DOI

10.17077/etd.03vkfy1y

Document Type

Dissertation

Date of Degree

Spring 2016

Degree Name

PhD (Doctor of Philosophy)

Degree In

Nursing

First Advisor

Culp, Ken

First Committee Member

Donham, Kelley

Second Committee Member

Gardner, Sue

Third Committee Member

Herr, Keela

Fourth Committee Member

Rakel, Barb

Abstract

Farmers and farmworkers are at a high risk for development of musculoskeletal symptoms due to the physically demanding nature of their work environment, the repetitive nature of many agricultural tasks, and the time-dependent nature of agricultural work that often requires greater than full-time hours at various times of the year. The purpose of this dissertation was to gain a better understanding of musculoskeletal symptom prevalence in Iowa farmers, examine age-related effects, determine how those symptoms related to safety on the farm, and to determine musculoskeletal symptom prevalence in migrant farmworkers in Iowa on H-2A Visas.

Study data of 438 Iowa farmers was examined retrospectively through a cross-sectional survey that examined musculoskeletal symptoms prevalence, safety scores of the farm environment, and health-seeking behaviors of this population. This study found prevalence rates that varied from 28% (elbow) to 73% (back) with 4.15 (S.D. = 2.75) average painful joints. More farmers in the older age category were in the lower safety category. Significant predictors of seeking healthcare due to musculoskeletal symptoms included arthritis, employee help on the farm, hip pain, or upper back pain.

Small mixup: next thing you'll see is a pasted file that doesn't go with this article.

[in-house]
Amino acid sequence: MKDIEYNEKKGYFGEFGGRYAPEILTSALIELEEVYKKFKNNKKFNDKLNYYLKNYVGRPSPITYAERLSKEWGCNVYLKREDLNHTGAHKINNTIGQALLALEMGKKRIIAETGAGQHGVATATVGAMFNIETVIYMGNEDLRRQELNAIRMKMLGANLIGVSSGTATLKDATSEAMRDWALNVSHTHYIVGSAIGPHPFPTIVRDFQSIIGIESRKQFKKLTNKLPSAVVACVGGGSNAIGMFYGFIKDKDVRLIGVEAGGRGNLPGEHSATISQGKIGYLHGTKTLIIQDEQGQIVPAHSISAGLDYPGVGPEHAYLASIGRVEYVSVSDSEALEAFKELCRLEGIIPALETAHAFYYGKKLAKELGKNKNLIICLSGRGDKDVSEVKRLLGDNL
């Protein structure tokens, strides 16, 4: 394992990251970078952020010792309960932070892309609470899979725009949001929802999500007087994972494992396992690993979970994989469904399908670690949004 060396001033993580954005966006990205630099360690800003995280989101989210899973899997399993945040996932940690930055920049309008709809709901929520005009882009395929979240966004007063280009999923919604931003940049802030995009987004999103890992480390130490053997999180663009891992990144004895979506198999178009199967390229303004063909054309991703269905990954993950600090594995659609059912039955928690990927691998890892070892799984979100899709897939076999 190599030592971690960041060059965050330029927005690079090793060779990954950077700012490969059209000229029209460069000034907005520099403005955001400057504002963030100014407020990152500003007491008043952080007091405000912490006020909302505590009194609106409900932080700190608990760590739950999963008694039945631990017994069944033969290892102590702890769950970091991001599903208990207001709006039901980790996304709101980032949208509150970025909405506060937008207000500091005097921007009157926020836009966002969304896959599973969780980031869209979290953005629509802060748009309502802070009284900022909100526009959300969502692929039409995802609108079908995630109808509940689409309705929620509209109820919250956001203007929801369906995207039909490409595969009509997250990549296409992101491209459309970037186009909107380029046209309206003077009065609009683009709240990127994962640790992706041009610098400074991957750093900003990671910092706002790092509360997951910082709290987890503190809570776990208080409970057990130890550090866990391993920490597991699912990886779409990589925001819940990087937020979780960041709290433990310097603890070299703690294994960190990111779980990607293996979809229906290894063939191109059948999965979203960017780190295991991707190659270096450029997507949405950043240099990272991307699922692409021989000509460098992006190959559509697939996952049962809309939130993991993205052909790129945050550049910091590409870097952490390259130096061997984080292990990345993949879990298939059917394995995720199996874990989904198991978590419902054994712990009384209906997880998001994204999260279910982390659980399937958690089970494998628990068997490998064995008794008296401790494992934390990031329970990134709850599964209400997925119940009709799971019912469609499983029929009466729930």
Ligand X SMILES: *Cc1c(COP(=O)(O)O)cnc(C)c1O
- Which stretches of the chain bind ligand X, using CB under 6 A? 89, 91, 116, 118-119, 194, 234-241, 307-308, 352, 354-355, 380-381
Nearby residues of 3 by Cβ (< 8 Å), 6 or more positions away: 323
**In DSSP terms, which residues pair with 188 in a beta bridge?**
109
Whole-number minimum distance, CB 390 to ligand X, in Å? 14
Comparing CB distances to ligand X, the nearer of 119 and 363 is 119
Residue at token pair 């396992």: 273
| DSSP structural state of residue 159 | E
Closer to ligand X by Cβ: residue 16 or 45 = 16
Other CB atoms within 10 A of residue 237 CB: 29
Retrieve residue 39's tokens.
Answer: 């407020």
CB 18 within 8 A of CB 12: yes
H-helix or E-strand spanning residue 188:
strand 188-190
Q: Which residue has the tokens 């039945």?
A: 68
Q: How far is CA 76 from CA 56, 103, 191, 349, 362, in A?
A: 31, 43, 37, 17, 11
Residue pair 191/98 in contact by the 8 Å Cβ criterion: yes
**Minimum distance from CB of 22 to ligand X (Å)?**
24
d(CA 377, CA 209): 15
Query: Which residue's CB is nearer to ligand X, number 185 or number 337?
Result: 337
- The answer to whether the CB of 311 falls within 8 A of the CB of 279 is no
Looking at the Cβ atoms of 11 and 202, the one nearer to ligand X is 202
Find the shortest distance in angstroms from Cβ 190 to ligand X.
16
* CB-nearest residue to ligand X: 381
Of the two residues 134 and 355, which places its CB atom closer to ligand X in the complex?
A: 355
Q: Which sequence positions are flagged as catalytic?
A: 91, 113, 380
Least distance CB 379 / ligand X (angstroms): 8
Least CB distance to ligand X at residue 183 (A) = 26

Migrant farmworkers who were in Iowa on an H-2A Visa for agricultural work were surveyed about their musculoskeletal symptom prevalence at the beginning of their work contract in Iowa. The data from these 180 migrant farmworkers was compared to the National Agricultural Workers Survey. A chart review was completed that provided information about musculoskeletal symptoms throughout the contracted work period and also information about the treatment provided through the non-profit migrant health clinic. Baseline prevalence varied from 1.4% (hip) to 15.9% (neck) with 56 (39.7%) workers reporting 1 or more painful joints. Throughout the contracted work, 33.6% of visits were attributed to musculoskeletal complaints with farmworkers over 35 being 2.5 times more likely to have musculoskeletal complaints (OR = 2.5; 95% CI: 1.1-5.5).

The information from these studies provides support for the need to develop and test interventions to prevent musculoskeletal symptom development in agricultural worker populations.

Keywords

agriculture, migrant farmworkers, musculoskeletal, nursing

Pages

xii, 90 pages

Bibliography

Includes bibliographical references (pages 74-83).

Copyright

Copyright © 2016 Shalome Tonelli

Included in

Nursing Commons

Share

COinS